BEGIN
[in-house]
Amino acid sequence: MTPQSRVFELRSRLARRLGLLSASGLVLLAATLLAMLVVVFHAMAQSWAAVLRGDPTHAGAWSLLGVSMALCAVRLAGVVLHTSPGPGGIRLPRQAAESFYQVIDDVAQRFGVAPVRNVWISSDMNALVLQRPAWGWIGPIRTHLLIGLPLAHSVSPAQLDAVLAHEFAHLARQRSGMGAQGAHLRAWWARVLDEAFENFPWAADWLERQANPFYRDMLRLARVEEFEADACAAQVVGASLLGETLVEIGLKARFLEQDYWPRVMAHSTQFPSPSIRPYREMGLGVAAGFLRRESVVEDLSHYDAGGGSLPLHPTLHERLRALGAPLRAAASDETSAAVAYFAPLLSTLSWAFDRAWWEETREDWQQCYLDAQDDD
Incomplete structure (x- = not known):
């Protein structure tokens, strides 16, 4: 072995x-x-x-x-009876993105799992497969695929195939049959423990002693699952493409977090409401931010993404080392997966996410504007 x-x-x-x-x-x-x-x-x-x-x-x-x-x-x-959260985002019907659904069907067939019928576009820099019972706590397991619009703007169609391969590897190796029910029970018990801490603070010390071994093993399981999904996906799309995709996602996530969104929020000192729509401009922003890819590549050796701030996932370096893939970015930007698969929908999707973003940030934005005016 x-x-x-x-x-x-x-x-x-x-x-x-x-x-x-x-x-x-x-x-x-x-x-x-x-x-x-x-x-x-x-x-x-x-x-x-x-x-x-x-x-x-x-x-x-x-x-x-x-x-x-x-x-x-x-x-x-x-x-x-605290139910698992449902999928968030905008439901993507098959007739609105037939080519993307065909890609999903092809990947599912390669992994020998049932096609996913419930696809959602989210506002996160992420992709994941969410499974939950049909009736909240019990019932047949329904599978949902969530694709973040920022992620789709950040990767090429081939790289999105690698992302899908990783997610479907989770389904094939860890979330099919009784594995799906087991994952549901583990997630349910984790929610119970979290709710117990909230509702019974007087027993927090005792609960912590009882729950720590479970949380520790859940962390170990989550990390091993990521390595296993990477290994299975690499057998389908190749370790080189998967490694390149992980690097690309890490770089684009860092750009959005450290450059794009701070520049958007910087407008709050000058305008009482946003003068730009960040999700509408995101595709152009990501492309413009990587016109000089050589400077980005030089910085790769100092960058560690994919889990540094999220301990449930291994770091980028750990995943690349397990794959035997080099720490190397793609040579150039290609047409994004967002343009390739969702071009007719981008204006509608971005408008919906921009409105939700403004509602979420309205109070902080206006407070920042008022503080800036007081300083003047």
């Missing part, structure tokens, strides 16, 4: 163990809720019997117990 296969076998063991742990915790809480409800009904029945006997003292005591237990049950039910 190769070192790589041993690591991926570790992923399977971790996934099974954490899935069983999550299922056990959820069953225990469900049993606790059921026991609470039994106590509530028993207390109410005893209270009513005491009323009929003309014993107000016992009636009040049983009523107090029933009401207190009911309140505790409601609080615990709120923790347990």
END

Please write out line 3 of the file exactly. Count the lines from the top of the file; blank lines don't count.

Incomplete structure (x- = not known):